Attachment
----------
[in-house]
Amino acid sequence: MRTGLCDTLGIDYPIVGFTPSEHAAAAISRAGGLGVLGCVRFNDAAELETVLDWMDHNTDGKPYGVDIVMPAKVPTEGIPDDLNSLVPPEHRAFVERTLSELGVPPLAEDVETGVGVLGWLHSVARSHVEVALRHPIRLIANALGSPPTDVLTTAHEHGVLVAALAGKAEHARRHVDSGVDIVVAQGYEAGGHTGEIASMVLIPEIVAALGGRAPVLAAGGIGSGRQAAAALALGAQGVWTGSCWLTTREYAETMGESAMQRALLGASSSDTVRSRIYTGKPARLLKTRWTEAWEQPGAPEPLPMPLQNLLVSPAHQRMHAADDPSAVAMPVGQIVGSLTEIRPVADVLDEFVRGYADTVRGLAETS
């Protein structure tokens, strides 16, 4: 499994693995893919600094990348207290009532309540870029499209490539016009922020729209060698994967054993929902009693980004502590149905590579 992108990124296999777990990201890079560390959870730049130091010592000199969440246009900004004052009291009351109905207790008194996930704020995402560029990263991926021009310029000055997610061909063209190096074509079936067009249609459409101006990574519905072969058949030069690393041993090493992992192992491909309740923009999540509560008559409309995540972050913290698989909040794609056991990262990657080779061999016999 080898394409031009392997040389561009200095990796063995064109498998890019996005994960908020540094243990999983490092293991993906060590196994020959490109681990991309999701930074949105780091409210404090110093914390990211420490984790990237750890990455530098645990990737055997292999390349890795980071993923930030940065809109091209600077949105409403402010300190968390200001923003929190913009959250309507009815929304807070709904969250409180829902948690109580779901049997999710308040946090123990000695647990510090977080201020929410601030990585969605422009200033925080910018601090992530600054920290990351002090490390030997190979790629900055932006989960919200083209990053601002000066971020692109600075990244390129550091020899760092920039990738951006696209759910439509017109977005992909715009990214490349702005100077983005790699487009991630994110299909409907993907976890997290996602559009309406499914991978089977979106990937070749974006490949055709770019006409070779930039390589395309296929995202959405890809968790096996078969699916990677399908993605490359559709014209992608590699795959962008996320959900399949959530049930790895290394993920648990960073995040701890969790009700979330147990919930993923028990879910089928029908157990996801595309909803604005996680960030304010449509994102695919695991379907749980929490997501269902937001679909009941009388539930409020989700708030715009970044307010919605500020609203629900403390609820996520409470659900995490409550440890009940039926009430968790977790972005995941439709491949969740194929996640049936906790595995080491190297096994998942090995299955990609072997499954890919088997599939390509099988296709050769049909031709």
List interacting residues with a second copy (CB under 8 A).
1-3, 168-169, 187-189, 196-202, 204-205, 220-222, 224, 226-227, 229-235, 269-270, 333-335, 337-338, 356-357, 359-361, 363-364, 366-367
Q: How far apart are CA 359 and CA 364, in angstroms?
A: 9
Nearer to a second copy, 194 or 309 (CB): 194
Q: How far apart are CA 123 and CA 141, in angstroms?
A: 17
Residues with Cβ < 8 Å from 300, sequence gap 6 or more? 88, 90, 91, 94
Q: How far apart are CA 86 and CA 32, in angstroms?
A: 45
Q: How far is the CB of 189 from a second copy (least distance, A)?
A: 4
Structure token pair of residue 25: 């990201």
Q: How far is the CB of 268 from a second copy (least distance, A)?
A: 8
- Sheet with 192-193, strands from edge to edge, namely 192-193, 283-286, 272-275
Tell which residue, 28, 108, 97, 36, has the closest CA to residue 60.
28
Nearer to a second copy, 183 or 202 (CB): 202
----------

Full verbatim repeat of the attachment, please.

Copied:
[in-house]
Amino acid sequence: MRTGLCDTLGIDYPIVGFTPSEHAAAAISRAGGLGVLGCVRFNDAAELETVLDWMDHNTDGKPYGVDIVMPAKVPTEGIPDDLNSLVPPEHRAFVERTLSELGVPPLAEDVETGVGVLGWLHSVARSHVEVALRHPIRLIANALGSPPTDVLTTAHEHGVLVAALAGKAEHARRHVDSGVDIVVAQGYEAGGHTGEIASMVLIPEIVAALGGRAPVLAAGGIGSGRQAAAALALGAQGVWTGSCWLTTREYAETMGESAMQRALLGASSSDTVRSRIYTGKPARLLKTRWTEAWEQPGAPEPLPMPLQNLLVSPAHQRMHAADDPSAVAMPVGQIVGSLTEIRPVADVLDEFVRGYADTVRGLAETS
């Protein structure tokens, strides 16, 4: 499994693995893919600094990348207290009532309540870029499209490539016009922020729209060698994967054993929902009693980004502590149905590579 992108990124296999777990990201890079560390959870730049130091010592000199969440246009900004004052009291009351109905207790008194996930704020995402560029990263991926021009310029000055997610061909063209190096074509079936067009249609459409101006990574519905072969058949030069690393041993090493992992192992491909309740923009999540509560008559409309995540972050913290698989909040794609056991990262990657080779061999016999 080898394409031009392997040389561009200095990796063995064109498998890019996005994960908020540094243990999983490092293991993906060590196994020959490109681990991309999701930074949105780091409210404090110093914390990211420490984790990237750890990455530098645990990737055997292999390349890795980071993923930030940065809109091209600077949105409403402010300190968390200001923003929190913009959250309507009815929304807070709904969250409180829902948690109580779901049997999710308040946090123990000695647990510090977080201020929410601030990585969605422009200033925080910018601090992530600054920290990351002090490390030997190979790629900055932006989960919200083209990053601002000066971020692109600075990244390129550091020899760092920039990738951006696209759910439509017109977005992909715009990214490349702005100077983005790699487009991630994110299909409907993907976890997290996602559009309406499914991978089977979106990937070749974006490949055709770019006409070779930039390589395309296929995202959405890809968790096996078969699916990677399908993605490359559709014209992608590699795959962008996320959900399949959530049930790895290394993920648990960073995040701890969790009700979330147990919930993923028990879910089928029908157990996801595309909803604005996680960030304010449509994102695919695991379907749980929490997501269902937001679909009941009388539930409020989700708030715009970044307010919605500020609203629900403390609820996520409470659900995490409550440890009940039926009430968790977790972005995941439709491949969740194929996640049936906790595995080491190297096994998942090995299955990609072997499954890919088997599939390509099988296709050769049909031709």
List interacting residues with a second copy (CB under 8 A).
1-3, 168-169, 187-189, 196-202, 204-205, 220-222, 224, 226-227, 229-235, 269-270, 333-335, 337-338, 356-357, 359-361, 363-364, 366-367
Q: How far apart are CA 359 and CA 364, in angstroms?
A: 9
Nearer to a second copy, 194 or 309 (CB): 194
Q: How far apart are CA 123 and CA 141, in angstroms?
A: 17
Residues with Cβ < 8 Å from 300, sequence gap 6 or more? 88, 90, 91, 94
Q: How far apart are CA 86 and CA 32, in angstroms?
A: 45
Q: How far is the CB of 189 from a second copy (least distance, A)?
A: 4
Structure token pair of residue 25: 């990201």
Q: How far is the CB of 268 from a second copy (least distance, A)?
A: 8
- Sheet with 192-193, strands from edge to edge, namely 192-193, 283-286, 272-275
Tell which residue, 28, 108, 97, 36, has the closest CA to residue 60.
28
Nearer to a second copy, 183 or 202 (CB): 202